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Author Topic: What is the role of the iron in haemoglobin?  (Read 11549 times)

Offline cheryl j

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What is the role of the iron in haemoglobin?
« on: 20/01/2012 19:46:41 »
Is the iron in haemoglobin responsible for the binding of oxygen to the molecule? Is it chemically related to things like rust, or are oxidation/reduction reactions completely different?
« Last Edit: 23/01/2012 16:50:16 by chris »


 

Offline CliffordK

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What does the iron in haemoglobin do?
« Reply #1 on: 20/01/2012 20:29:19 »
Yes & Maybe.
I believe it is a single iron atom, kept in ionic form, Fe2+ and Fe3+

However, I don't believe that it truly forms a covalent bond with oxygen like one would find in rust.

The iron (Fe) atom can be replaced with other metals such as lead (Pb) which leads to much lower affinity for oxygen (at least that is what I thought I had heard, I'm seeing other notes about lead and haemoglobin on the web).
« Last Edit: 20/01/2012 23:04:11 by chris »
 

Offline cheryl j

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Re: iron in hemoglobin
« Reply #2 on: 20/01/2012 20:48:30 »
well i noticed that it has almost the same structure as chlorophil only I think its magnesiium in the center of it.
 

Offline Bored chemist

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Re: iron in hemoglobin
« Reply #3 on: 21/01/2012 17:43:45 »
The oxygen binds to the iron in haemoglobin but it doesn't oxidise it.
The effect of lead poisoning on haemoglobin is not due to substitution by of iron by lead. It's because lead interferes with the production of the haemoglobin.
The structures of chlorophyll and haem are fairly similar. So is vitamin b12 - but it has a cobalt atom on the middle.
 

Offline cheryl j

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Re: iron in hemoglobin
« Reply #4 on: 23/01/2012 06:58:10 »
in this one diagram i saw, they drew a dotted line between the heme molecule and oxygen and I'm not a chemist, but the explanation said kind of vaguely that the iron atom as well as the surrounding side groups held oxygen in place.
 

Offline damocles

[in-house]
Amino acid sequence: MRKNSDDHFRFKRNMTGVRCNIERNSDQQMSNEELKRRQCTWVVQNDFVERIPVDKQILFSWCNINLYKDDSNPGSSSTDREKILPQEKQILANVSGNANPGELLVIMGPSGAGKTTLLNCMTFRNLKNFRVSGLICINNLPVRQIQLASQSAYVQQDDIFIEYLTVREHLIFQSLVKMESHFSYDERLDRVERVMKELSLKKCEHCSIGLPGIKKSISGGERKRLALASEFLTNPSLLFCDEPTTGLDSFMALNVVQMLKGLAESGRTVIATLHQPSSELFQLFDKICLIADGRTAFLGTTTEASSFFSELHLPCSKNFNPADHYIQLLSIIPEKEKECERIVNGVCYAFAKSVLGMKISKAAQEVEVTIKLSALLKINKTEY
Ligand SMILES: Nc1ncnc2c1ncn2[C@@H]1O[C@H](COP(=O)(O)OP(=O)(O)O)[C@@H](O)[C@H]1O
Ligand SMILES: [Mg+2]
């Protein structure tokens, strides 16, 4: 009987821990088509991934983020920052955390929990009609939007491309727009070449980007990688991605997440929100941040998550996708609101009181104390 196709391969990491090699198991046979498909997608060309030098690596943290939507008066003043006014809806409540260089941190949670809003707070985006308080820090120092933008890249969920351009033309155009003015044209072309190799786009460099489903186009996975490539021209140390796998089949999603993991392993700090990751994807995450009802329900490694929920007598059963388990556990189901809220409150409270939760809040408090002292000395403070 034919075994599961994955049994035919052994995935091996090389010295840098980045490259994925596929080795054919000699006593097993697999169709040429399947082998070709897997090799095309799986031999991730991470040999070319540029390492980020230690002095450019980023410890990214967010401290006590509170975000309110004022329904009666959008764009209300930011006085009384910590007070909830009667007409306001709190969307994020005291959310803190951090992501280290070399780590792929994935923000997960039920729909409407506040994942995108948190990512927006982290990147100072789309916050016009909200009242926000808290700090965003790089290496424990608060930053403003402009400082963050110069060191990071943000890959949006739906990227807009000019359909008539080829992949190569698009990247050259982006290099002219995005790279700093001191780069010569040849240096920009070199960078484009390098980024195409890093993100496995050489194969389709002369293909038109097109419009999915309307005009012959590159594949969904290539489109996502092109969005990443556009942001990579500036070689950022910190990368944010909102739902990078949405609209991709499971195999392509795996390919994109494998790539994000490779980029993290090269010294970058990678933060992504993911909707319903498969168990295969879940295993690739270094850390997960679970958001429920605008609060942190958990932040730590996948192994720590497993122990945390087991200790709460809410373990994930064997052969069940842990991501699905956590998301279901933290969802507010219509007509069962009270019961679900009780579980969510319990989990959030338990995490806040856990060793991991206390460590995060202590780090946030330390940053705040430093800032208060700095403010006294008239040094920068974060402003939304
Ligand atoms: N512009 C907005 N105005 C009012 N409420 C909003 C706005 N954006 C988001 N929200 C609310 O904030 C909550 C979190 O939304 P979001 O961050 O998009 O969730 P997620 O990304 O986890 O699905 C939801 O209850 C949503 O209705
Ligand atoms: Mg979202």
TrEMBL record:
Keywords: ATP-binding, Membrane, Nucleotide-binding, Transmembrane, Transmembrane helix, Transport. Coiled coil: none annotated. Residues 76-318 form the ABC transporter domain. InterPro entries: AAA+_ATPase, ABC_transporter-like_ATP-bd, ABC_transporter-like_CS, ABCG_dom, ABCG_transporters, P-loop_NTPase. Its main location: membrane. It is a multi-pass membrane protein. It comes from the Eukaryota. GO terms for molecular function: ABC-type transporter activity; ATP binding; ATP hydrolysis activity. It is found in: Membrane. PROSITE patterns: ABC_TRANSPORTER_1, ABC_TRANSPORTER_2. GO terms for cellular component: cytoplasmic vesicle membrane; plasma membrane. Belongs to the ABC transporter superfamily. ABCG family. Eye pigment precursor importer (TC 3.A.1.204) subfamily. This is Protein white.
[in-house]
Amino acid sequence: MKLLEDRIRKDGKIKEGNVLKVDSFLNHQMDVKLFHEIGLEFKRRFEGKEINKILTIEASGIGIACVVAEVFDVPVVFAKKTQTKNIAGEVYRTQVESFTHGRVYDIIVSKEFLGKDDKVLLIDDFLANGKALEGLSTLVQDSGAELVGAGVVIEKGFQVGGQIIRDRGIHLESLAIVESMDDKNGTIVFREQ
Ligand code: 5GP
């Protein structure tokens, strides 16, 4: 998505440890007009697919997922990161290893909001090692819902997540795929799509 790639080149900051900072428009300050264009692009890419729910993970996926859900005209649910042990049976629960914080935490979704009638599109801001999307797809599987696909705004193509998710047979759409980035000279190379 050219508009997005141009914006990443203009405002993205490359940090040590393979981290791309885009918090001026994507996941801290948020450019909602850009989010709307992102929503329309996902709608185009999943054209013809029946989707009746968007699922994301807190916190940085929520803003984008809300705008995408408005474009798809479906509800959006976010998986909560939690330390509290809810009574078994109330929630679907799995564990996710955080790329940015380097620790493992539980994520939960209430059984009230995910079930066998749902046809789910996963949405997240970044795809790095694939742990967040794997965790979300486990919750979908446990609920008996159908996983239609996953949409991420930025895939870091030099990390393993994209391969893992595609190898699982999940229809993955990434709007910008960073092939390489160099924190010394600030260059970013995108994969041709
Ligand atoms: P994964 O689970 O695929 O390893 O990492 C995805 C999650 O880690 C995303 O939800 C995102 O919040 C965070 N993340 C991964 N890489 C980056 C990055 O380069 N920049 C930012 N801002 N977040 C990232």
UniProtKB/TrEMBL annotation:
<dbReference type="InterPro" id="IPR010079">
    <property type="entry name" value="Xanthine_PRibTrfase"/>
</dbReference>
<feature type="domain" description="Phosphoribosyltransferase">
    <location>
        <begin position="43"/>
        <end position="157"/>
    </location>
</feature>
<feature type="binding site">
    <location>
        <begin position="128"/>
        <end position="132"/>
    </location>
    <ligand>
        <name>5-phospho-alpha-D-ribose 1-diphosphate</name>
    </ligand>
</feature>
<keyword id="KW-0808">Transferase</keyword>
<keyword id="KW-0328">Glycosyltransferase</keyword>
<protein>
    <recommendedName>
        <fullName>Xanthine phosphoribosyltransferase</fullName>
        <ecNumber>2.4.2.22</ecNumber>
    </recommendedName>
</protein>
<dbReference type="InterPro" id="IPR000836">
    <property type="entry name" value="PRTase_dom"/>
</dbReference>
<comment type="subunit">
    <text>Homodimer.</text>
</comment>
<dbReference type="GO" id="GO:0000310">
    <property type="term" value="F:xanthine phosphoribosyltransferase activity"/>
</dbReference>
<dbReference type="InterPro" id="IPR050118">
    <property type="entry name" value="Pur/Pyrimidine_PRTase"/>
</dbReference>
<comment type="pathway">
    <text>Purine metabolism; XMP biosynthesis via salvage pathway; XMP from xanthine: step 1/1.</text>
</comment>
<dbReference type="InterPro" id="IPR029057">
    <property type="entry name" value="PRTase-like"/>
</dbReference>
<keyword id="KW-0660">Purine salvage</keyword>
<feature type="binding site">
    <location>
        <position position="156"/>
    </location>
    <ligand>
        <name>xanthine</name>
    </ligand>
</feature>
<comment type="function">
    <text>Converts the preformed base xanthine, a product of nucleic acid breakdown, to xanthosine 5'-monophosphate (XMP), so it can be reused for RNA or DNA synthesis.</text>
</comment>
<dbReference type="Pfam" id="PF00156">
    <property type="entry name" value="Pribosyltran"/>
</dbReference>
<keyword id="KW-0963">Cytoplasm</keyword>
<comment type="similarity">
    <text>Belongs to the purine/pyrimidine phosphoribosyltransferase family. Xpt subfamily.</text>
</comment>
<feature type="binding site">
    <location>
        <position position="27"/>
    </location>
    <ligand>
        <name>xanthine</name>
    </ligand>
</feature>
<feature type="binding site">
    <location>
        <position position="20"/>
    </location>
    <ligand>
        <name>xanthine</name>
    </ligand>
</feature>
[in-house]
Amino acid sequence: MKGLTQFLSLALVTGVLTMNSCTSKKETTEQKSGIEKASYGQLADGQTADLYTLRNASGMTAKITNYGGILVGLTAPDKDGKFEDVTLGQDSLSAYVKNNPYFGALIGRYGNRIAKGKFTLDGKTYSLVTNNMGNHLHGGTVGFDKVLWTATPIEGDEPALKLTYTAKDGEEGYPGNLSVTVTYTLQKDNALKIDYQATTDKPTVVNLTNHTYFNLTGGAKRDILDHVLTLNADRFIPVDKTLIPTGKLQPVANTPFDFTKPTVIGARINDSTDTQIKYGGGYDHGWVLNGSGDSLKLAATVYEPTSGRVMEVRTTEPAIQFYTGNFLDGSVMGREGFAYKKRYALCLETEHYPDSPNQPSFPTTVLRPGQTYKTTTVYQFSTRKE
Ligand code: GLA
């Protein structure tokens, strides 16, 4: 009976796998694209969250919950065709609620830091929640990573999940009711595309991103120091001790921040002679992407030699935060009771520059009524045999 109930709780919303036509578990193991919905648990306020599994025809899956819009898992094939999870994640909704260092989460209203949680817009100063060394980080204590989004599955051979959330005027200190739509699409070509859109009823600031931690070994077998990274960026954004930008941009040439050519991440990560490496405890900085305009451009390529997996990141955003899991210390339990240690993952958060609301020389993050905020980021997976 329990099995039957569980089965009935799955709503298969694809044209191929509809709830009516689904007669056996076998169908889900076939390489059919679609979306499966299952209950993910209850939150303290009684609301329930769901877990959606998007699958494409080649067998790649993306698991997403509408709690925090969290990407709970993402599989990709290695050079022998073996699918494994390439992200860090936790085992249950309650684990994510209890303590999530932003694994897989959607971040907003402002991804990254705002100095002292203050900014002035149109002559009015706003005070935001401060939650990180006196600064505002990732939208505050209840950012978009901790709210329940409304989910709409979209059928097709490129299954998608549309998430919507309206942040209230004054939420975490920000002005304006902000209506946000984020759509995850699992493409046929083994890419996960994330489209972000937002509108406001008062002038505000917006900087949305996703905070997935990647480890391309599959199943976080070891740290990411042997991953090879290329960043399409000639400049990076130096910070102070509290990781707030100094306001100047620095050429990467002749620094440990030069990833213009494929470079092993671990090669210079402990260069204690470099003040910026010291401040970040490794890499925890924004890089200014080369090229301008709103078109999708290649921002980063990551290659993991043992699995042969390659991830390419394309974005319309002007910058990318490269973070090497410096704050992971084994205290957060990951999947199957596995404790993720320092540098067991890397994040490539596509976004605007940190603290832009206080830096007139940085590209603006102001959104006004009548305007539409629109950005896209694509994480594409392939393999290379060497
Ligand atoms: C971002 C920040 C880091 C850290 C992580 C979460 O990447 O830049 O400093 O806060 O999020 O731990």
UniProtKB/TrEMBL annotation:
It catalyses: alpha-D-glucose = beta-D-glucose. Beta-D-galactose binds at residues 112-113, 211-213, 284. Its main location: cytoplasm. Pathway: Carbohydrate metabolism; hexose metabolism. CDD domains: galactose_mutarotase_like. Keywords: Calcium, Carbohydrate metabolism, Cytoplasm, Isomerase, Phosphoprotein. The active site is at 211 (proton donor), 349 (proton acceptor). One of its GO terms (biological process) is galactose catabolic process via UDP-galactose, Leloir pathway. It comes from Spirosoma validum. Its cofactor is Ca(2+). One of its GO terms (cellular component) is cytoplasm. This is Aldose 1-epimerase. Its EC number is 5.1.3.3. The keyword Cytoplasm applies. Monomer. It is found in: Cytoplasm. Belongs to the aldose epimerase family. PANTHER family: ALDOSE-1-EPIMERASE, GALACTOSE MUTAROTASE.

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Re: What is the role of the iron in haemoglobin?
« Reply #5 on: 30/01/2012 00:10:45 »
For haemoglobin to do its job, it has to be able to make a suitably weak bond with oxygen molecules so that it can pick up oxygen (dioxygen gas) in one place and drop it off in another. Many metals make bonds called co-ordinate bonds (your dotted lines) that work a little differently to normal covalent bonds, and are often (but not always) weaker. The rest of the haemoglobin molecule is a protein attached to a porphyrin ring. The porphyrin ring is a big flat structure that is very similar in chlorophyll and vitamin B-12, and that can form 4 co-ordinate bonds with many metals. Iron is the particular metal that is "tuned" with the precise porphyrin and protein structure to make the right "stickiness" to transport the oxygen molecules.

Carbon monoxide poisoning occurs because a carbon monoxide molecule can bond to the haemoglibin in exactly the same place and style as the dioxygen molecule does. But the bond to carbon monoxide is much stronger, and it can be picked up, but will not let go. Any haemoglobin molecule that finds a carbon monoxide molecule is taken out of the oxygen transport system forever, and new haemoglobin must be made by the body to replace it.
 

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Re: What is the role of the iron in haemoglobin?
« Reply #5 on: 30/01/2012 00:10:45 »

 

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